This extract from Edward Scissorhands (1990) is an excellent example of direction.
The film’s production team could highlight the information they need from this extract and create a set that works for the story. The screenwriter isn’t telling the actor how to act or directing the cinematographer to shoot the scene. Instead, they describe the character’s general state as she enters and leaves the scene.
How To Write Script Direction
How do you write direction in a script? You write direction in a screenplay by being clear and concise while still leaving room for interpretation by using vivid action verbs to help the reader visualize how something is being done.
Practice using useful synonyms for words that offer little inspiration. This will emphasize how a character needs to appear to tell the story.
Instead of walking into the scene, a character could:
These words paint a clearer picture of the character is feeling without telling the actor how to show that emotion. The more compact the direction in a script is, the less likely you will fall into the trap of directing the director. Short, punchy phrases and avoiding large chunks of text will help you keep on track.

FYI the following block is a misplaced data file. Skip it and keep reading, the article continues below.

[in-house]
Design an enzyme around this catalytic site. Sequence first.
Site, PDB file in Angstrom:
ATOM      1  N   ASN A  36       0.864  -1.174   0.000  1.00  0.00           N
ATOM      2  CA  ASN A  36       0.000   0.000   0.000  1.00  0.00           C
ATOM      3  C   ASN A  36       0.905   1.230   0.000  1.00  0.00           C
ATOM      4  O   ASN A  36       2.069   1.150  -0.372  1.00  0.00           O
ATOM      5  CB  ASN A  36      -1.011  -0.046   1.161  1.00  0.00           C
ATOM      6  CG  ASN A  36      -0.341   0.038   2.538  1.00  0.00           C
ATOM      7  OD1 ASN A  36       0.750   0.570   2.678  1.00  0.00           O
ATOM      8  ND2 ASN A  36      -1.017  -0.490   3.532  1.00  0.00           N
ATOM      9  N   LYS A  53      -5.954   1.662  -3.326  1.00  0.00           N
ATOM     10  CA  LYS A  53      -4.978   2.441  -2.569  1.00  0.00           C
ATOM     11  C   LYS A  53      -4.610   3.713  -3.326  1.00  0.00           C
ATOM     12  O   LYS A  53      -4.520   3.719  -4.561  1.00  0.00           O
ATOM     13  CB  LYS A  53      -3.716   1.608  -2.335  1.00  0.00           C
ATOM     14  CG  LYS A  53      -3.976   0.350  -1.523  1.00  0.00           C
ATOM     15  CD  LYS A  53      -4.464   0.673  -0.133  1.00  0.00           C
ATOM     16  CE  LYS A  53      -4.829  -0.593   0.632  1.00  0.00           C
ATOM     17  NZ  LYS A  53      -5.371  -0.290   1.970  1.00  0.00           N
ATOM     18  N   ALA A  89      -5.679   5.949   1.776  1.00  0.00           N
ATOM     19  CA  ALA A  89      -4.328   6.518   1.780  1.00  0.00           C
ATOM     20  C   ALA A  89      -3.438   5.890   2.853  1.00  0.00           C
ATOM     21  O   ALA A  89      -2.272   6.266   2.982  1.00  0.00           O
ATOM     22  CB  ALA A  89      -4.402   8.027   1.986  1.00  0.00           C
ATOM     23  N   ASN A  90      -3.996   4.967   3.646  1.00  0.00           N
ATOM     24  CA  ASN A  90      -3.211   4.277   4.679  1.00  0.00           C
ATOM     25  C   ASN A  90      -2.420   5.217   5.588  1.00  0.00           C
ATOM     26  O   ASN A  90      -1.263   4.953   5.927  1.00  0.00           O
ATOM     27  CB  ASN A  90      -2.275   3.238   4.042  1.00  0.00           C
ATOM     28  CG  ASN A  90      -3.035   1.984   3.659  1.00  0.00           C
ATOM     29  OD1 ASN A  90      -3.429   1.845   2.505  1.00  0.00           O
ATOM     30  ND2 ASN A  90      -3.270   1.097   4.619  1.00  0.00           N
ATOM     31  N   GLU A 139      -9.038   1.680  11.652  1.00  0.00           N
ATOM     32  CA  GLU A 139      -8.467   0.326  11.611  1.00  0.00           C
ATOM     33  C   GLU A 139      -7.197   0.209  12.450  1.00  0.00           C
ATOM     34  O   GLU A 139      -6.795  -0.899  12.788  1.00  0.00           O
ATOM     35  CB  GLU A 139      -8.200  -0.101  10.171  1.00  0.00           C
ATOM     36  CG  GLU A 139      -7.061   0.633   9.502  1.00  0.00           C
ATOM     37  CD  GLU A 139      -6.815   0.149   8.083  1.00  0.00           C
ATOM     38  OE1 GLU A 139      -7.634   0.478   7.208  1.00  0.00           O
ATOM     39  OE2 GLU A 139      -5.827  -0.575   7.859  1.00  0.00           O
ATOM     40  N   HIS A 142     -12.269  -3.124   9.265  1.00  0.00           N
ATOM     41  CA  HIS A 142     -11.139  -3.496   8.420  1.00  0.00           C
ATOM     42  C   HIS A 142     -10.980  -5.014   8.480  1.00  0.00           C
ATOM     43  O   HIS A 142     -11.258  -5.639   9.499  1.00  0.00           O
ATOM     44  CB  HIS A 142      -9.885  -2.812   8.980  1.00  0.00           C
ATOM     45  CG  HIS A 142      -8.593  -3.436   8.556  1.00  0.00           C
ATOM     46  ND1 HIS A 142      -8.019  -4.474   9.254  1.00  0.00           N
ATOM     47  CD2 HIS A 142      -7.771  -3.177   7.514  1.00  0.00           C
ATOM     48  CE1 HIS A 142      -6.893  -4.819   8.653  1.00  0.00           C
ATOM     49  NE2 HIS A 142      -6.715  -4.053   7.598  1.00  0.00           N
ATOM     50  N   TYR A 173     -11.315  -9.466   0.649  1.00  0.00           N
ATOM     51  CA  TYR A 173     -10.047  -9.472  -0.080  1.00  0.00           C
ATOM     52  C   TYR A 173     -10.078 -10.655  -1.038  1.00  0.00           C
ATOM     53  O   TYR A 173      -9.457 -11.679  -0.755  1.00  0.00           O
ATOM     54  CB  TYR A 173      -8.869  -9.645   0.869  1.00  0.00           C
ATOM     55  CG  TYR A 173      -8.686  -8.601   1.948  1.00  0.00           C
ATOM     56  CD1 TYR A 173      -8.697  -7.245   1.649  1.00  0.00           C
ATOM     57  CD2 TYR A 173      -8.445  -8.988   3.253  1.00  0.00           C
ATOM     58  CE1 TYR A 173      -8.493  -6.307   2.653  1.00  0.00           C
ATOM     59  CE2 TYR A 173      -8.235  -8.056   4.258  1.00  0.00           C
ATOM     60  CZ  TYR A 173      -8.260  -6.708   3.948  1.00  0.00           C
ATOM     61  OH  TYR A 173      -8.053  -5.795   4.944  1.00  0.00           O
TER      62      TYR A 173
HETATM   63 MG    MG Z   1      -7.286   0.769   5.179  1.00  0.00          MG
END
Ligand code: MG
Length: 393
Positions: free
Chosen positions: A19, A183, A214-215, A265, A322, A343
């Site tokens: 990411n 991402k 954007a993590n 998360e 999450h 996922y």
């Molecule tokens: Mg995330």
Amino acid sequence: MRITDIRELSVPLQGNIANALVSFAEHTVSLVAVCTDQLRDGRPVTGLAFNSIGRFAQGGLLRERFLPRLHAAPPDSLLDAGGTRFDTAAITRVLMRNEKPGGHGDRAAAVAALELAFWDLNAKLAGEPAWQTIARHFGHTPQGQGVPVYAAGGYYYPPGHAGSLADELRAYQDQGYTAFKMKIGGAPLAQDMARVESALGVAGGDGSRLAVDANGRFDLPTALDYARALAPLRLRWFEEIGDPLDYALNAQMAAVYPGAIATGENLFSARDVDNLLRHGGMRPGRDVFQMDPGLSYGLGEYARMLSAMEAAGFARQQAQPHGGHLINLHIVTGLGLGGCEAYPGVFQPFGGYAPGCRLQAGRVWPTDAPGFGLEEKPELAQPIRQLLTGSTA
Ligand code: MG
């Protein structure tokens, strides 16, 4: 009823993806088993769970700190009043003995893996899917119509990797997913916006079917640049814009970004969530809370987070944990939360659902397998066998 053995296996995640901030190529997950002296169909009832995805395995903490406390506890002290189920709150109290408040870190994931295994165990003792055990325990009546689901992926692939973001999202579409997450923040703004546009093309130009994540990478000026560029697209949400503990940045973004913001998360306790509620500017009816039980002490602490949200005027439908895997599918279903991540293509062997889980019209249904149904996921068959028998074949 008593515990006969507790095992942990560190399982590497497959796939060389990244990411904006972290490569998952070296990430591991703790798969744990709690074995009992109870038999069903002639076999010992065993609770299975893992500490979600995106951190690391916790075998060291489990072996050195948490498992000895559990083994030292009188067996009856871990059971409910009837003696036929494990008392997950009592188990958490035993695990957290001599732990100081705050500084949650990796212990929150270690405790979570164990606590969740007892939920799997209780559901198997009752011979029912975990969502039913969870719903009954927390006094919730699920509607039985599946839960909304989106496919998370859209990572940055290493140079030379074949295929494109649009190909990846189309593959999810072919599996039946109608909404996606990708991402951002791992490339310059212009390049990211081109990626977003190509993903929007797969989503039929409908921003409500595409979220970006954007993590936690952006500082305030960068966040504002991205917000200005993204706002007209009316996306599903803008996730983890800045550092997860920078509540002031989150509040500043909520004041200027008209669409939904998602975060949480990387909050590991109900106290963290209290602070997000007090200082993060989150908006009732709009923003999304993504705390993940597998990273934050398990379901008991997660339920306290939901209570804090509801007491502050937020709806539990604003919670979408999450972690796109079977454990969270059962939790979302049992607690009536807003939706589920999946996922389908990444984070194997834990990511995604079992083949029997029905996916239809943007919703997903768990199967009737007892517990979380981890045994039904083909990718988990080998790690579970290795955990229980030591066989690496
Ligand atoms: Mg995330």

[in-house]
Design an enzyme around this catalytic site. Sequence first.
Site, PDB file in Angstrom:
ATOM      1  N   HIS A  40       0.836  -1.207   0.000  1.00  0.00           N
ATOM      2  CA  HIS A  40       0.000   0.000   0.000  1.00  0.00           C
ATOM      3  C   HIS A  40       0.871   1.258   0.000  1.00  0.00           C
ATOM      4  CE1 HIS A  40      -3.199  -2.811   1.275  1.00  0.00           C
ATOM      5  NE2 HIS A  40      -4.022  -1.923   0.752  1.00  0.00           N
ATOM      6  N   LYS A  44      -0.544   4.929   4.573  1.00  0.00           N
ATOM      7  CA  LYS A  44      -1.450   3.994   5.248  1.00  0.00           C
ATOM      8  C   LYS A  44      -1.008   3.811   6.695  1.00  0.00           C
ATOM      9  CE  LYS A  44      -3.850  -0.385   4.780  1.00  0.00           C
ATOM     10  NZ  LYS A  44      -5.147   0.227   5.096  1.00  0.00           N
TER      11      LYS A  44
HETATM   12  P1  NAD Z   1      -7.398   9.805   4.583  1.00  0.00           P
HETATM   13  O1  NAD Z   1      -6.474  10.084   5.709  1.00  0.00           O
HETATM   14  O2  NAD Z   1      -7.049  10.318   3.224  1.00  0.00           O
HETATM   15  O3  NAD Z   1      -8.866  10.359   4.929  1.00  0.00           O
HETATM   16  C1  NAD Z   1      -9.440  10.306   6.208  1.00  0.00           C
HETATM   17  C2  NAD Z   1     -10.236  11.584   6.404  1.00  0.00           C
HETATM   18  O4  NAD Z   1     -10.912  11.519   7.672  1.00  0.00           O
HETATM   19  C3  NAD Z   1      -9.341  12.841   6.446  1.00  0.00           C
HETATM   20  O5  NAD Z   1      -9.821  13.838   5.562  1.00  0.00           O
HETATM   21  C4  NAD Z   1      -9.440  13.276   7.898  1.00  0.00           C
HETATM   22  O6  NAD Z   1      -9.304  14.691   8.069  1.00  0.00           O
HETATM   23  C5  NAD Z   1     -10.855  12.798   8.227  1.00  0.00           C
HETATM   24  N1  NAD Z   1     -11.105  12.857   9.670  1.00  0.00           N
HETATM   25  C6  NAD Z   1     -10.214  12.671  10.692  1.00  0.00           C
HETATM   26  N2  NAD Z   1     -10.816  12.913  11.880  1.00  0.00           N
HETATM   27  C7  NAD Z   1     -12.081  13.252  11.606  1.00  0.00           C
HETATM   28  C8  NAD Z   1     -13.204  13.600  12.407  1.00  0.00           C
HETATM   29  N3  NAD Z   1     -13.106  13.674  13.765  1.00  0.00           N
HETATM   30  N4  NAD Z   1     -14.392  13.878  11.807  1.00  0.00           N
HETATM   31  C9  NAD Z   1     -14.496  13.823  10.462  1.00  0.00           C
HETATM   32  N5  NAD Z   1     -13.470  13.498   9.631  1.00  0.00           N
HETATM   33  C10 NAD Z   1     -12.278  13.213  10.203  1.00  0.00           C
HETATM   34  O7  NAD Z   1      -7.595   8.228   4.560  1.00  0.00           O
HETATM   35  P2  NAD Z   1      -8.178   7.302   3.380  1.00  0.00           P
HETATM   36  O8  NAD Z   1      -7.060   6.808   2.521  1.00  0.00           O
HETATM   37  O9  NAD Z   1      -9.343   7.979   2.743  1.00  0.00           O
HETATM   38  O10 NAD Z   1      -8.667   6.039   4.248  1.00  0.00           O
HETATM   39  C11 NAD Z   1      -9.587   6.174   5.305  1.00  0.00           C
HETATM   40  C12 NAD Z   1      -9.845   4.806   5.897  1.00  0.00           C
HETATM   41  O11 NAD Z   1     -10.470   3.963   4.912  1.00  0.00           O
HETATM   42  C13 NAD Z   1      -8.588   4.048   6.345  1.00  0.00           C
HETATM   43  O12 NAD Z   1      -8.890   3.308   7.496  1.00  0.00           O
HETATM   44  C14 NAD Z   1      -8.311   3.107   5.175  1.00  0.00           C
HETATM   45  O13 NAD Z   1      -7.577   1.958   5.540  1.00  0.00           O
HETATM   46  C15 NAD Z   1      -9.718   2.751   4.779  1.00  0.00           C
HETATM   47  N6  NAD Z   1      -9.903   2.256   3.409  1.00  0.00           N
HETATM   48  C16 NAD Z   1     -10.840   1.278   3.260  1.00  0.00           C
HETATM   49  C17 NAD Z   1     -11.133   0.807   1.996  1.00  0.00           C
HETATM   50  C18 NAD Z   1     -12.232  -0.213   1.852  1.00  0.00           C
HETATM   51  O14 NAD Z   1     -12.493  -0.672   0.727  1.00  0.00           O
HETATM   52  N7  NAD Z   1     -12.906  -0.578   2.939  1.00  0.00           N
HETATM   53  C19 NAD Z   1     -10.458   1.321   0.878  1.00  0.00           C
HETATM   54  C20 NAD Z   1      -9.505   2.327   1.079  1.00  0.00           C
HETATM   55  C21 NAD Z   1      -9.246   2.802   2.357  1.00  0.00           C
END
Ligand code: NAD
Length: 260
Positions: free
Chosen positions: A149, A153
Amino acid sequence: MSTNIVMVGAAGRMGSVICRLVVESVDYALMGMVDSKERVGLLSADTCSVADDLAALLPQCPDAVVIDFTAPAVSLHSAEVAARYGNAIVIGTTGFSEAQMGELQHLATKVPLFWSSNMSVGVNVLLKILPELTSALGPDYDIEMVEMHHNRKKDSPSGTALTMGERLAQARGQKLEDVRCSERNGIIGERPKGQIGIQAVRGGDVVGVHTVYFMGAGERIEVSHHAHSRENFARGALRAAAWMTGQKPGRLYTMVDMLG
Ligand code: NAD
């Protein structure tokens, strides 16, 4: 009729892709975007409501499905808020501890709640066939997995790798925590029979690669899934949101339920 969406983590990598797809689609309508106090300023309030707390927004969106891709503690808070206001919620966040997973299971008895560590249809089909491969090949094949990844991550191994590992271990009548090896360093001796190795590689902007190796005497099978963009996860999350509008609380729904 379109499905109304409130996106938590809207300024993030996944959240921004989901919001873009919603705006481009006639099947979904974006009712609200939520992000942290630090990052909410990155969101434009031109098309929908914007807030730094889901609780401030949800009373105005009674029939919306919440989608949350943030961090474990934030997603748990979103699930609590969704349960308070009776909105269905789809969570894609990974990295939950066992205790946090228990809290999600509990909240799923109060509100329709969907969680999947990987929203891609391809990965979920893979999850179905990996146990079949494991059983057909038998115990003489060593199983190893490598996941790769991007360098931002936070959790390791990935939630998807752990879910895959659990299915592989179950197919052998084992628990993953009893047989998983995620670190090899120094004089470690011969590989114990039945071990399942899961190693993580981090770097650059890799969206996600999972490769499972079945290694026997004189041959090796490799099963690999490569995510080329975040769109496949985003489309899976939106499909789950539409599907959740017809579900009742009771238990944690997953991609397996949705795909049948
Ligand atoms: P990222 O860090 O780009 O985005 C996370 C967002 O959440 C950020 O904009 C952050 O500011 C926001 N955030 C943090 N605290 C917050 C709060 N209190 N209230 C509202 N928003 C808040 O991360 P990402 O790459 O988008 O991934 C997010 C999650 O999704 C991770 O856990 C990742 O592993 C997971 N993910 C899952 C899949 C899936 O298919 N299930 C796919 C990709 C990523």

How to Format Directions in a Screenplay
How do you format direction in a screenplay? Using bolds, Italicise underlines, or different types of font. You format directions within a script by writing them in action lines or parentheticals.
It would help if you separated direction in a script from everything else. Bolds are used the most when reading other scripts. One way to make it stand out is by using those three methods.
Please look at the whiplash script to see how it’s done.
Now let’s see how the scene looks.
The Directors Direction